• 48 percent of children under age 3 years - 5.4 million - live in low-income families
  • 25 percent of children under age 3 years - 2.8 million - live in poor families
  • 44 percent of children age 3 through 17 years - 26.9 million - live in low-income families
  • 22 percent of children age 3 through 17 years -13.3 million - live in poor families

Does the percentage of infants and toddlers in low-income families vary by race/ethnicity?

Race/ethnicity among infants and toddlers by family income, 2012

Figure 5: Race/ethnicity among infants and toddlers by family income, 2012

Percentage of infants and toddlers in low-income and poor families by race/ethnicity, 2012

Figure 6: Percentage of infants and toddlers in low-income and poor families by race/ethnicity, 2012

As Figure 5 illustrates, the percentages of low-income and poor infants and toddlers vary by race and ethnicity: whites comprise the largest share of all low-income children (37 percent) while Hispanics make up the largest share of poor children (36 percent). 5

But black, American Indian, and Hispanic children are disproportionately low-income and poor (Figure 6).

  • 35 percent of white infants and toddlers - 2.0 million - live in low-income families
  • 71 percent of black infants and toddlers - 1.1million - live in low-income families
  • 66 percent of Hispanic infants and toddlers - 1.9 million - live in low-income families
  • 28 percent of Asian infants and toddlers - about 0.1 million - live in low-income families
  • 68 percent of American Indian infants and toddlers - about 57,000 - live in low-income families
  • 47 percent of infants and toddlers of some other race - 0.3 million- live in low-income families

Does the percentage of infants and toddlers in low-income families vary by parents' country of birth? 6

  • 56 percent of infants and toddlers with immigrant parents - 1.5 million - live in low-income families
  • 46 percent of infants and toddlers with native-born parents - 3.9 million - live in low-income families

What are the family characteristics of low-income and poor infants and toddlers?

Parents' Education 7

Parents' education among infants and toddlers by family income, 2012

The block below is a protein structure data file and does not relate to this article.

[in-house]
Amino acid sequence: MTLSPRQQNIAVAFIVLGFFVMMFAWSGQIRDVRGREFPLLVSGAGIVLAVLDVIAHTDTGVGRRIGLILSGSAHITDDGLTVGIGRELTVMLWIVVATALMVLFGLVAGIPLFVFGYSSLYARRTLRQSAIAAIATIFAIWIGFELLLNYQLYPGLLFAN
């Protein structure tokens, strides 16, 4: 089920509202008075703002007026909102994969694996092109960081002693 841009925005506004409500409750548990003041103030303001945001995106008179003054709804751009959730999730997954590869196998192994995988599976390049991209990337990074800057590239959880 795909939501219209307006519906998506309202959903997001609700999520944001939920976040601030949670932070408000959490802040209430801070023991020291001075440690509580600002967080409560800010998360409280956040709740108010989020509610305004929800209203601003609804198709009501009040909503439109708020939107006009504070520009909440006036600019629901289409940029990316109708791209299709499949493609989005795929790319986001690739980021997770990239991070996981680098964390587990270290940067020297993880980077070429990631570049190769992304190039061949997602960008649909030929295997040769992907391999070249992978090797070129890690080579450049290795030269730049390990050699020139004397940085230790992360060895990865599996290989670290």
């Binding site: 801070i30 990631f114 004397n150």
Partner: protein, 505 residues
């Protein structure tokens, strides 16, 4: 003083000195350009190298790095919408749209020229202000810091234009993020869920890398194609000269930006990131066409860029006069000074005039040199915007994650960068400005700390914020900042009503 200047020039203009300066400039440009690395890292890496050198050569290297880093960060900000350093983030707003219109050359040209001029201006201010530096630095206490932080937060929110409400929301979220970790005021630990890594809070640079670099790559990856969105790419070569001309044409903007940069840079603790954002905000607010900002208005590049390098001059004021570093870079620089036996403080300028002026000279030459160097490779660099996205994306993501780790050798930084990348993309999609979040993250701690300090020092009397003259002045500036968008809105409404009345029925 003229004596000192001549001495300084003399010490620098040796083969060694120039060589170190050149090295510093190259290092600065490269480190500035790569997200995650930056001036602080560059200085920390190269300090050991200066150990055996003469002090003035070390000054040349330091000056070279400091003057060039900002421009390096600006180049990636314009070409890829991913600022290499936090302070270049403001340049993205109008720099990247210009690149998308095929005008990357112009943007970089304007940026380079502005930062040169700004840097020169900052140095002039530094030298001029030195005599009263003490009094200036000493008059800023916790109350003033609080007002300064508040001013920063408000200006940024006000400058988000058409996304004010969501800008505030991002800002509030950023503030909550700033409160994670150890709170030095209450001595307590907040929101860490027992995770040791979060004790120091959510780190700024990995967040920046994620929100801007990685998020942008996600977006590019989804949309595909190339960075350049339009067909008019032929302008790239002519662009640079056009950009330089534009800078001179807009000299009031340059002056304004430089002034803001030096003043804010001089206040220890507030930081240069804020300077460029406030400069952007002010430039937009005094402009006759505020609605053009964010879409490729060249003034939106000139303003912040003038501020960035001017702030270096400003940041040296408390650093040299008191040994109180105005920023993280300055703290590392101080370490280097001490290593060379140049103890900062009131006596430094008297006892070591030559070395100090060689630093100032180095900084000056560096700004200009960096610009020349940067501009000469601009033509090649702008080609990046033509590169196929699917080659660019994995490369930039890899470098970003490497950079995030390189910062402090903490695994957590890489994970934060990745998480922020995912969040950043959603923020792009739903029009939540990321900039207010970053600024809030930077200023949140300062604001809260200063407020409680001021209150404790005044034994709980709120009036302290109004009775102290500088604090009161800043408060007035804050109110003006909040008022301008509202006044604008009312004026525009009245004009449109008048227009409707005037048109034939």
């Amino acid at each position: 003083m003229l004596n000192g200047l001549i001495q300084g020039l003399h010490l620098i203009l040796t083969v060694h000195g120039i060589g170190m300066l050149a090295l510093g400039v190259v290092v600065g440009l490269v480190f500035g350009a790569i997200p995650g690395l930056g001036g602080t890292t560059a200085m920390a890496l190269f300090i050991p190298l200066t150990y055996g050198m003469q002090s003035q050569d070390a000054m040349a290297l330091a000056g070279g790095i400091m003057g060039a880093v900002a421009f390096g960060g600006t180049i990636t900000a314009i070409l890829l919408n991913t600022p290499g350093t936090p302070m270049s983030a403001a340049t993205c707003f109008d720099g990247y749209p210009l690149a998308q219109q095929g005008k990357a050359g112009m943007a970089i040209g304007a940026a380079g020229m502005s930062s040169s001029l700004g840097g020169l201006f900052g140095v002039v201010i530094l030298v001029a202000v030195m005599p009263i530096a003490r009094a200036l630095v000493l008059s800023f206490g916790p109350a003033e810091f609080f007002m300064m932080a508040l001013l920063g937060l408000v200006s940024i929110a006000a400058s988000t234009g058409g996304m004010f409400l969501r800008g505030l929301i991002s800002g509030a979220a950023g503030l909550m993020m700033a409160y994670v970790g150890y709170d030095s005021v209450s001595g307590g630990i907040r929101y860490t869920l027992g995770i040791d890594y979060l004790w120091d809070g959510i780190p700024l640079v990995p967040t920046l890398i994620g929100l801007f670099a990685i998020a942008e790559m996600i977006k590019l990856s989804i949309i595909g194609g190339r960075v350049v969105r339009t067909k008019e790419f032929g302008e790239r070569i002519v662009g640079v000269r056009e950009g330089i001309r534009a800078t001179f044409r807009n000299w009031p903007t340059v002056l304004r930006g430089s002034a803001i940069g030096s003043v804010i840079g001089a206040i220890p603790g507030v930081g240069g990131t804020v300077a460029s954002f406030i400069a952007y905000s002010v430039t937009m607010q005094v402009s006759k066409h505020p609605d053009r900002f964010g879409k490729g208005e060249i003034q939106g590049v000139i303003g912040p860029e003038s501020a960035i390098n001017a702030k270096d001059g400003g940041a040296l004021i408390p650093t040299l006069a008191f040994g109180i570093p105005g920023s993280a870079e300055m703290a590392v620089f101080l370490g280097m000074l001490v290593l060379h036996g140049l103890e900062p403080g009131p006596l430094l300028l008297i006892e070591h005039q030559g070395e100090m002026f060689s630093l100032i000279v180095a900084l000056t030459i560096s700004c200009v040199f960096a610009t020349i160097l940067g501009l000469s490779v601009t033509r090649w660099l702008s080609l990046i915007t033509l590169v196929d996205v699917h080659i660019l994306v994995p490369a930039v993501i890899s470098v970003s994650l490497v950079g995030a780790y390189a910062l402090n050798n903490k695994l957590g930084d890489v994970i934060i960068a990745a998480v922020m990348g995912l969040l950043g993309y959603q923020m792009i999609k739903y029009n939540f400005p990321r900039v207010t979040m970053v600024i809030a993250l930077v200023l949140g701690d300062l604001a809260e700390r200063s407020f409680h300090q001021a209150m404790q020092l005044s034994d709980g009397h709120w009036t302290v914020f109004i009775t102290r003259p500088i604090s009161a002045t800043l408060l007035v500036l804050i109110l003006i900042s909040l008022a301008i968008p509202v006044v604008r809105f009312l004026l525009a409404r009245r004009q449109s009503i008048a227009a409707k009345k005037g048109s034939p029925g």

Figure 7: Parents' education among infants and toddlers by family income, 2012

Higher levels of parental education decrease the likelihood that a child will live in a low-income or poor family. Among infants and toddlers with at least one parent with some college or additional education, 34 percent live in low-income and 15 percent in poor families. By contrast, among children in this age group whose parents have less than a high school degree, 88 percent live in low-income and 61 percent in poor families (Figure 8).

  • 88 percent of infants and toddlers with parents who have less than a high school degree - 1.1 million - live in low-income families
  • 74 percent of infants and toddlers with parents who have a high school degree but no college - 1.6 million - live in low-income families
  • 34 percent of infants and toddlers with at least one parent who has some college or additional education - 2.6 million - live in low-income families

At the same time, significant shares of low-income and poor families with infants and toddlers are headed by parents with at least some college education, as shown in Figure 7.

Parents' Employment 8

Percentage of infants and toddlers in low-income and poor families by parents' employment and education, 2012

Figure 8: Percentage of infants and toddlers in low-income and poor families by parents' employment and education, 2012

Infants and toddlers with a full-time, year-round employed parent are less likely to live in a low-income family, compared to infants and toddlers with parents who work part-time/part-year or who are not employed (Figure 8).

  • 32 percent of infants and toddlers with at least one parent who works full-time, year-round - 2.4 million - live in low-income families
  • 9 percent of infants and toddlers with at least one parent who works full-time, year-round - 0.7 million - live in poor families
  • 76 percent of infants and toddlers with no parent who works full-time, but at least one parent who works part-time or part-year - 1.8 million - live in low-income families